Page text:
I’ve spent the last five years studying happiness. My goal has been to translate psychology and philosophy into exercises for happiness. Through this process, I discovered that happiness means connecting well with existence and that there are five ways (or muscles) that help you do it:
Before you start doing anything to increase your happiness, it makes sense that you also stop doing anything that decreases it. Dishonesty decreases happiness.
So, start paying attention to the specific vocabulary you are using—often unconsciously—in everyday conversation. There are certain words that instantly turn what you are saying into a lie. The two biggest culprits are always and never. I call this “always neverland.” Phrases like this come up a lot in relationships:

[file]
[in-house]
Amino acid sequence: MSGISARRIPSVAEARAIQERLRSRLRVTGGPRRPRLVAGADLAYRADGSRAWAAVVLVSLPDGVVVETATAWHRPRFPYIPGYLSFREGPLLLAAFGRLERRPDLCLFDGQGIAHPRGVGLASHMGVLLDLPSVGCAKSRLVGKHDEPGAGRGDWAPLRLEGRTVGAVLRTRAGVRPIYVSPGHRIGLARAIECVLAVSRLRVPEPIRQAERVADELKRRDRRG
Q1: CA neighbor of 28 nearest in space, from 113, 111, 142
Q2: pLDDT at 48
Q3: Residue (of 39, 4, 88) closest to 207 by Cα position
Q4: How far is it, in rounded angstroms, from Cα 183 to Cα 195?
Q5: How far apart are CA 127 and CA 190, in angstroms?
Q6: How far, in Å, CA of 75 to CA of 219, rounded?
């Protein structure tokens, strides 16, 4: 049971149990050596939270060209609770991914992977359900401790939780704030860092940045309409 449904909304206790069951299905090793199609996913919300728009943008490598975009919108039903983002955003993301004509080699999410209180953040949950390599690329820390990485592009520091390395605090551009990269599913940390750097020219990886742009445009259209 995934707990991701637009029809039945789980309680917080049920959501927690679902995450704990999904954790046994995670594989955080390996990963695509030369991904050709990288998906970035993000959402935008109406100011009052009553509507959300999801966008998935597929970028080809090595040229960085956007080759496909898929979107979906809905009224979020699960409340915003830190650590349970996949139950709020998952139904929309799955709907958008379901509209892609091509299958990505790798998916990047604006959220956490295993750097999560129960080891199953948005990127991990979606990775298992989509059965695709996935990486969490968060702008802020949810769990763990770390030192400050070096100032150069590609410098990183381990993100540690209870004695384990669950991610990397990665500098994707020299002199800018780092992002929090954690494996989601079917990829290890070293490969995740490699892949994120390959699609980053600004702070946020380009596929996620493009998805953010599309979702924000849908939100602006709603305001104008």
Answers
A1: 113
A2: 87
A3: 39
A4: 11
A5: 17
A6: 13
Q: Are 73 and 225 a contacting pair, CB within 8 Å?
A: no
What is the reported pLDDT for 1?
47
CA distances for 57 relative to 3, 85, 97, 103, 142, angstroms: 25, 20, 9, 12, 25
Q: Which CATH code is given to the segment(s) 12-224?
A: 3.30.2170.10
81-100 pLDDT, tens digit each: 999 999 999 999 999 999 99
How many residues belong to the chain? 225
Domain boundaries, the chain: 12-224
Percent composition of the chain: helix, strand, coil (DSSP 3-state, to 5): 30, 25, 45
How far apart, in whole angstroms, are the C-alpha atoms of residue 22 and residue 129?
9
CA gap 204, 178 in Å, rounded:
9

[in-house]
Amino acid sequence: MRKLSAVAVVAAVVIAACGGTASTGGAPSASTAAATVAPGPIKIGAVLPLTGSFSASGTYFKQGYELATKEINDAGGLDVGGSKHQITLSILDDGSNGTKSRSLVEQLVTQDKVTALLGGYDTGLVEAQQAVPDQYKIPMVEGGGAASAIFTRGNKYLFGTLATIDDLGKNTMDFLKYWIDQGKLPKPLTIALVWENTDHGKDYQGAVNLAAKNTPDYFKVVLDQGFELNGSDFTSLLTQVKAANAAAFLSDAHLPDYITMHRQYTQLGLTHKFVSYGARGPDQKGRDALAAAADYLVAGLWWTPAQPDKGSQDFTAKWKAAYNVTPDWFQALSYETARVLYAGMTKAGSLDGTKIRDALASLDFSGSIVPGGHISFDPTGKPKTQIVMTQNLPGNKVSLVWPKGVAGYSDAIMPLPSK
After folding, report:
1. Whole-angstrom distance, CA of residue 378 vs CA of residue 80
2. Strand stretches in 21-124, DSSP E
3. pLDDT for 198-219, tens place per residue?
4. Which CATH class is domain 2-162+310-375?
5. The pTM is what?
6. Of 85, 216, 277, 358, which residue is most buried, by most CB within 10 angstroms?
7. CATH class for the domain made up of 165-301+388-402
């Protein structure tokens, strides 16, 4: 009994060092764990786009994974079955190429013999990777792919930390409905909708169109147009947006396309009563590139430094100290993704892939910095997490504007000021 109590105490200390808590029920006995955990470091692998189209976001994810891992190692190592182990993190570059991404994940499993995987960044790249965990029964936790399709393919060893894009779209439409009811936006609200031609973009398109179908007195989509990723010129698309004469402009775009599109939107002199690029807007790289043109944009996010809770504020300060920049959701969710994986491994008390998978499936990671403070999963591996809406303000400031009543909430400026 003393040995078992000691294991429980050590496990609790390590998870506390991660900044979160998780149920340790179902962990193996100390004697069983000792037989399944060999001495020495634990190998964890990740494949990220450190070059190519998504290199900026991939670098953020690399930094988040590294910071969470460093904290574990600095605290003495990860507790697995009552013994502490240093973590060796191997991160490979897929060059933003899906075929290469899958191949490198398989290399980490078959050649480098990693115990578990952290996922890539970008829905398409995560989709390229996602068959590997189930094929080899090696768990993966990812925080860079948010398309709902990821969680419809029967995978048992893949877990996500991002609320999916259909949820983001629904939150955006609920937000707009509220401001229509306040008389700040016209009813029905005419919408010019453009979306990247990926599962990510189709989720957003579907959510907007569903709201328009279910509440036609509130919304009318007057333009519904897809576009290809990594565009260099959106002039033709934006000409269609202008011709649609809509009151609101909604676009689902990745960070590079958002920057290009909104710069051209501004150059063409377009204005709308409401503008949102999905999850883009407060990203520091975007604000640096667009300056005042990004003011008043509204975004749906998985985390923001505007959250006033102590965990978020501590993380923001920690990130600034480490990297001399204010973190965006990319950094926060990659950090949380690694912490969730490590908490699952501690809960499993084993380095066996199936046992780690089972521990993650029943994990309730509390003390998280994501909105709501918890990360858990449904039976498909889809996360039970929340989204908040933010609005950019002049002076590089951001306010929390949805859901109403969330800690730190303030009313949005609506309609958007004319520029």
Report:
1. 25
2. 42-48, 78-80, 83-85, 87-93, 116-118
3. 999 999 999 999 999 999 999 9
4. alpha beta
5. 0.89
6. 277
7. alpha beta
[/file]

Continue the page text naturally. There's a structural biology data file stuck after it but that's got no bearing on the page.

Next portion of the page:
“You never listen”— lie.
“You always forget to take the trash out”—lie.
More often than not, these are exaggerations, and exaggerations are lies, plain and simple—unintentional though they may be. Lies demoralize (think “de-moral-lies”). The more specific you can be, the more truthful you can be, the less demoralizing your language is, and the better your connection to existence will be.
That’s a nice little warm-up.